But your lethargy continues and your mind just isn’t quite on point. Under coercion you hit A&E where they discover “something unusual” with your liver (liver? Who even thinks about their liver?!) but “It’s probably just a virus and your body will fight it and you’ll be better by Christmas.” How annoying when you’ve got a Spring marathon to train like a demon for.
Over the next few weeks blood tests continue, never a diagnosis but always the message “just a virus, you’ll fight it” so you’re not concerned, just annoyed. Annoyed that your running is getting slower, shamefully frustrated that your husband’s running is going so well, and you’ve barely got the energy or a 10 minute mile. And you’re not even allowed so much as a mulled wine at Christmas.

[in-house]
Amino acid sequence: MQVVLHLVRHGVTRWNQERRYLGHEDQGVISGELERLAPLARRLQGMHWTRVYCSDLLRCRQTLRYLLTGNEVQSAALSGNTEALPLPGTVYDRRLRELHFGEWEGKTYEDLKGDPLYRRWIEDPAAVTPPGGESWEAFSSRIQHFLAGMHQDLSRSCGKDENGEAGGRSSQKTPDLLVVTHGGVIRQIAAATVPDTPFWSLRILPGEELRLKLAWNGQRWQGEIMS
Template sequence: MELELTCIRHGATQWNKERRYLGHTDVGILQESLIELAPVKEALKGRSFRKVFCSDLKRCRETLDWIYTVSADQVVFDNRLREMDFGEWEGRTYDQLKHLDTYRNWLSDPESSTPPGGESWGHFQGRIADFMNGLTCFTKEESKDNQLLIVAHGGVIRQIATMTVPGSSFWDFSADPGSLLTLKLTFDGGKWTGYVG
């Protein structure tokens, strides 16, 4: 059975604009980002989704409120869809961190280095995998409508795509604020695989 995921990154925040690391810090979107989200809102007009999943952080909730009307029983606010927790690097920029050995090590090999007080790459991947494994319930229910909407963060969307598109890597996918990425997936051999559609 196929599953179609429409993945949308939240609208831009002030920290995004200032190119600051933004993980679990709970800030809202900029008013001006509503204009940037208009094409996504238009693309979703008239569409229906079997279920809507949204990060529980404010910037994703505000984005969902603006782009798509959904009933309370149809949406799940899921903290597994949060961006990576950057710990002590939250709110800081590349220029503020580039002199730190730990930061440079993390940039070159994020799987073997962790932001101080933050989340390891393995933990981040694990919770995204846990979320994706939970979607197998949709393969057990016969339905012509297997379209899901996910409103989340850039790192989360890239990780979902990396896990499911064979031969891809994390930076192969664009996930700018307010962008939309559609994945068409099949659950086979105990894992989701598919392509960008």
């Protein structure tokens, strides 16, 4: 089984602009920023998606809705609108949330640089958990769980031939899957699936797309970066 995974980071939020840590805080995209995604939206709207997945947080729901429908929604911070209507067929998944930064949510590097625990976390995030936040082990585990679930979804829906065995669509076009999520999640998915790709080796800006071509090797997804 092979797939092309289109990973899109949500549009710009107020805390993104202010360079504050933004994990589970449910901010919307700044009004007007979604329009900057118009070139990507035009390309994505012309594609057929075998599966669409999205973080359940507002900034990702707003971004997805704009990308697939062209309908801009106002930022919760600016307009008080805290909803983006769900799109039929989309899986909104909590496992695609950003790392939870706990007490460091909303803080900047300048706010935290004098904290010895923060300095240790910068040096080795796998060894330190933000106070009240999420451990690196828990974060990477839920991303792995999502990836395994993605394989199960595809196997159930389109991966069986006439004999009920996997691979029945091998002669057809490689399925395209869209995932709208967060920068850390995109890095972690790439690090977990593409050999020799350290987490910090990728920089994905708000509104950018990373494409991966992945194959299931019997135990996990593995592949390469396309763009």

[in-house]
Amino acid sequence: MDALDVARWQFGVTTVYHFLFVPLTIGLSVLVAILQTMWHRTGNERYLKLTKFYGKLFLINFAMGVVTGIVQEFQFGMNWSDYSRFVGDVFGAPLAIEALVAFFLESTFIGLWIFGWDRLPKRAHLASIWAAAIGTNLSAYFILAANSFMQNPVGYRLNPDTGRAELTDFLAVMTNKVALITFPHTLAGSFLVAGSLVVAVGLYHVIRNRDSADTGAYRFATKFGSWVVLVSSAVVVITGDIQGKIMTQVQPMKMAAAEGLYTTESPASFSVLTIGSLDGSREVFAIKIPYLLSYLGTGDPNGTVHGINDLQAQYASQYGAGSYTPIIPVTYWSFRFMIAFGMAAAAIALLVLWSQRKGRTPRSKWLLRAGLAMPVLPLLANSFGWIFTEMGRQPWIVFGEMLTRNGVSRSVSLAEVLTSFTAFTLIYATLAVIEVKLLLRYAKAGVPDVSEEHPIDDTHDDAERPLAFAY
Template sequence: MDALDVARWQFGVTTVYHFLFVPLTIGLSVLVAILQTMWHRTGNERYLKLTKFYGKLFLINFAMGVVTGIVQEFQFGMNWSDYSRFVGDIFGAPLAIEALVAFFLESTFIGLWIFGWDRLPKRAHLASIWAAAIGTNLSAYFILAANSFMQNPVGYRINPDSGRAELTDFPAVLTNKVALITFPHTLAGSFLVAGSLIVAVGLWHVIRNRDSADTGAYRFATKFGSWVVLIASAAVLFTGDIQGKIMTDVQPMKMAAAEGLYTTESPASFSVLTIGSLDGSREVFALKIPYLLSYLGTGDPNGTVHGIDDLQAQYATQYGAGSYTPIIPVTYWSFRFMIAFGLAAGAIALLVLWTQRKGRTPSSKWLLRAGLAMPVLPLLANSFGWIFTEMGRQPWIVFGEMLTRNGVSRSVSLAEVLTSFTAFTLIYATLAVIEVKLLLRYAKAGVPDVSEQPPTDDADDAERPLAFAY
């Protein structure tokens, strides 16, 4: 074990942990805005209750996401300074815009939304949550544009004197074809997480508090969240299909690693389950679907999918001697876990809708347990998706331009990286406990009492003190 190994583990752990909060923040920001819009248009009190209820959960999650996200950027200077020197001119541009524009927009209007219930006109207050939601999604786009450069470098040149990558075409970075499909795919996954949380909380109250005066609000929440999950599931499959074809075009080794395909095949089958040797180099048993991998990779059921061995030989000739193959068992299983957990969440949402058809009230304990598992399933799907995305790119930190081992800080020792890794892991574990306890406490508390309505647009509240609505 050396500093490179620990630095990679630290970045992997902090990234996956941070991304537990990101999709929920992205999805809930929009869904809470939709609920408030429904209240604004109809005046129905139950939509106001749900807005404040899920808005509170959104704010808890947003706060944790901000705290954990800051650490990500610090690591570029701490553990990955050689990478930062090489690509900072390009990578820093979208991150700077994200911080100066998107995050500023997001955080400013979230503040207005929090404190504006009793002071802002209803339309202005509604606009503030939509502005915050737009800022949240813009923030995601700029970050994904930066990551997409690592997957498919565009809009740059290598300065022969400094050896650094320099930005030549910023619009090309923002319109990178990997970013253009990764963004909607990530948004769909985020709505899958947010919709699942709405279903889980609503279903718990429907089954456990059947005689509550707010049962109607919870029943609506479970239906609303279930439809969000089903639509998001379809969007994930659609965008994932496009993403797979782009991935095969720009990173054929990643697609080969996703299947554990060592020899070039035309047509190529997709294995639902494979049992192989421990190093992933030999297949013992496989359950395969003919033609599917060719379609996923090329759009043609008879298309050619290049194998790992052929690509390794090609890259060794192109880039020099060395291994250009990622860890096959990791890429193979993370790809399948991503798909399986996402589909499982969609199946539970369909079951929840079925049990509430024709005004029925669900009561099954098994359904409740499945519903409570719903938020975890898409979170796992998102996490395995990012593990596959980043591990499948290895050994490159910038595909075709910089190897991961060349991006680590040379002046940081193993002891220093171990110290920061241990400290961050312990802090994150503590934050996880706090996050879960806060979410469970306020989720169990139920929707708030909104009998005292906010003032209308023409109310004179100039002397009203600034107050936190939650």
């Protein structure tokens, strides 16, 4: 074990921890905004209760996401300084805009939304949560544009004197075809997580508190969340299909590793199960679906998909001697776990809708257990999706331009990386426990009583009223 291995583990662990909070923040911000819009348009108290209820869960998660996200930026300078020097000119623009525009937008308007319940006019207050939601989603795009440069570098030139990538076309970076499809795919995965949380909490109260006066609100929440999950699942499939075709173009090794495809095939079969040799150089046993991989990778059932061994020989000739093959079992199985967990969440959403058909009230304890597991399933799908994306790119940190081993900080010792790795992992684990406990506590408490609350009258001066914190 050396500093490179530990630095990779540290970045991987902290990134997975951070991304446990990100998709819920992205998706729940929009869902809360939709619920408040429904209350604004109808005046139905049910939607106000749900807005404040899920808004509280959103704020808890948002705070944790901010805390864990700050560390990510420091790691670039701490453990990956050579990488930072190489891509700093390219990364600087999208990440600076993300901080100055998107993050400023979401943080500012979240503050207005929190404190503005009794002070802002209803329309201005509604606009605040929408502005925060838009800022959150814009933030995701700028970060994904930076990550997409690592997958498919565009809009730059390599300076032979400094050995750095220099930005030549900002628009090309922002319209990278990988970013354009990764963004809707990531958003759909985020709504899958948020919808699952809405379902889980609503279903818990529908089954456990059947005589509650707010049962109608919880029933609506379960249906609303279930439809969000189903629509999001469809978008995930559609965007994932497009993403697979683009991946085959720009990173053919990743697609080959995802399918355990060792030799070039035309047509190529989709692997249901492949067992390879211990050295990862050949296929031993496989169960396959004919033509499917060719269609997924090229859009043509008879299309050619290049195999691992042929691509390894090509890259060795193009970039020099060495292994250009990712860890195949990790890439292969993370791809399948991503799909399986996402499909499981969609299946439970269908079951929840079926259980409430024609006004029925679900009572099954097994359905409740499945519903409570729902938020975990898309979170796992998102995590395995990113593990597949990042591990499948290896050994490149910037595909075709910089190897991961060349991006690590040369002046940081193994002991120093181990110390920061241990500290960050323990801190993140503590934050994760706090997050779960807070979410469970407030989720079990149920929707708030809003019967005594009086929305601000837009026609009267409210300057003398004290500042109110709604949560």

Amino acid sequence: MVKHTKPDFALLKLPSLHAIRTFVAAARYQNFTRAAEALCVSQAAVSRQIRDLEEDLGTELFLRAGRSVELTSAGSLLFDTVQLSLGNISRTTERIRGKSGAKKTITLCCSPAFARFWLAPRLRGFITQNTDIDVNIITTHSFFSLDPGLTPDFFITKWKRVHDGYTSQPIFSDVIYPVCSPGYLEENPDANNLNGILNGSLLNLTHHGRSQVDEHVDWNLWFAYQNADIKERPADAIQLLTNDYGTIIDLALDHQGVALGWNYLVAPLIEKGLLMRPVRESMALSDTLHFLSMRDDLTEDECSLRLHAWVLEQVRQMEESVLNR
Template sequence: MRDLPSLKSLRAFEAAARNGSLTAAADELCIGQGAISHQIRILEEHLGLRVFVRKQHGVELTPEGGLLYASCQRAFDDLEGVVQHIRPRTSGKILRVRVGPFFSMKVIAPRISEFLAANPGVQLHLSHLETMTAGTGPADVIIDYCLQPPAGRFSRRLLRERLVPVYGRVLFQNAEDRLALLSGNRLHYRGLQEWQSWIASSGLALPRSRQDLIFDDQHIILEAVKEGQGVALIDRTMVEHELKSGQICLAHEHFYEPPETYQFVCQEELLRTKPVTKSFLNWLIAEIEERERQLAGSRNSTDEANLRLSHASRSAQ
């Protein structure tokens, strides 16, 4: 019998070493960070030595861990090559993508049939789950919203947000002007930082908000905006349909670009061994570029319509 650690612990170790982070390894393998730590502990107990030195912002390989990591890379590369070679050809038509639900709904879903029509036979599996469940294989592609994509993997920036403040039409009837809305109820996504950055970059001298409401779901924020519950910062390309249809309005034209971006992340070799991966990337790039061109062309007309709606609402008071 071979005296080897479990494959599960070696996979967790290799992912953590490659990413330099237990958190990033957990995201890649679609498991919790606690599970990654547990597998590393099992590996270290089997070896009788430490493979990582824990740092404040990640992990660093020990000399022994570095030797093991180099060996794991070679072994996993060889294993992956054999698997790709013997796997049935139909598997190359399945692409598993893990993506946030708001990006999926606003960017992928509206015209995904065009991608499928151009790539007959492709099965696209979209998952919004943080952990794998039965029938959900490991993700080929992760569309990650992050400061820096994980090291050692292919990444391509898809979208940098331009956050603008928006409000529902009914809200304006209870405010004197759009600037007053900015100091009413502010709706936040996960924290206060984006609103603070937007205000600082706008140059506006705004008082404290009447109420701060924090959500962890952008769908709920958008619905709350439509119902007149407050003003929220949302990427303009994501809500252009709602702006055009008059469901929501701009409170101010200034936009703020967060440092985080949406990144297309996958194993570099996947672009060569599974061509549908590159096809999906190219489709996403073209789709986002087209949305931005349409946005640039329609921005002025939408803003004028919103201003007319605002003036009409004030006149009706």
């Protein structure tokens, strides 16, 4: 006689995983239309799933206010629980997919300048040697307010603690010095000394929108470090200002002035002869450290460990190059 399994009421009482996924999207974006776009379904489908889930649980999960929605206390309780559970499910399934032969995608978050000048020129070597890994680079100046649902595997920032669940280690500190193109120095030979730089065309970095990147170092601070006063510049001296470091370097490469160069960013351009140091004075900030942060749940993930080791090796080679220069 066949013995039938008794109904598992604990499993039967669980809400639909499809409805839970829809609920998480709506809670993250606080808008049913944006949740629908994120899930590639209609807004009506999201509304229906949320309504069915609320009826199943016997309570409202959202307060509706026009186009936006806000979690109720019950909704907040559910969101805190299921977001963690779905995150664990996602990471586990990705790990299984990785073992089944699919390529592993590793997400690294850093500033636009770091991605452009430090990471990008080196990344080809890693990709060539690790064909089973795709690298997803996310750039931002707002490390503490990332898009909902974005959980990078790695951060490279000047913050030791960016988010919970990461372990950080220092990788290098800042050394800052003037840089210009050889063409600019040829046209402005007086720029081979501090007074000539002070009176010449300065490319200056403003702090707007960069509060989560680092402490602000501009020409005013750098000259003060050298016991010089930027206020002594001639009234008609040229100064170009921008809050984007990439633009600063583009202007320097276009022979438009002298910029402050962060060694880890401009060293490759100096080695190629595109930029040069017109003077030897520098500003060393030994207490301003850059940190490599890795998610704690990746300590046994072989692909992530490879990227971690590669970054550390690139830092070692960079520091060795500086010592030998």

Slowly other symptoms appear. Your start swelling up and a particularly unattractive rash appears. You feel embarrassed running, you’re so slow and you definitely don’t look like the athletic runner you were out in Uganda. Your swollen ankles rub on your running shoes. More blood tests, hope, but never any answers. On New Year’s Day you start turning yellow.
You’re admitted, fairly unwillingly, to Cardiff Hospital on Tuesday 2nd January. You reckon you’ll be out by the 5th, the weekend at the latest.
You’re just a bit tired, the virus will clear up. The doctor comes to see you — now we can get some pills and get better and get on — you think!
“You may need a liver transplant” he says.
How do you feel now?
You are a totally normal person, so so NORMAL, a runner…and you may need a new liver. Ridiculous. Utterly ridiculous isn’t it? Never going to happen.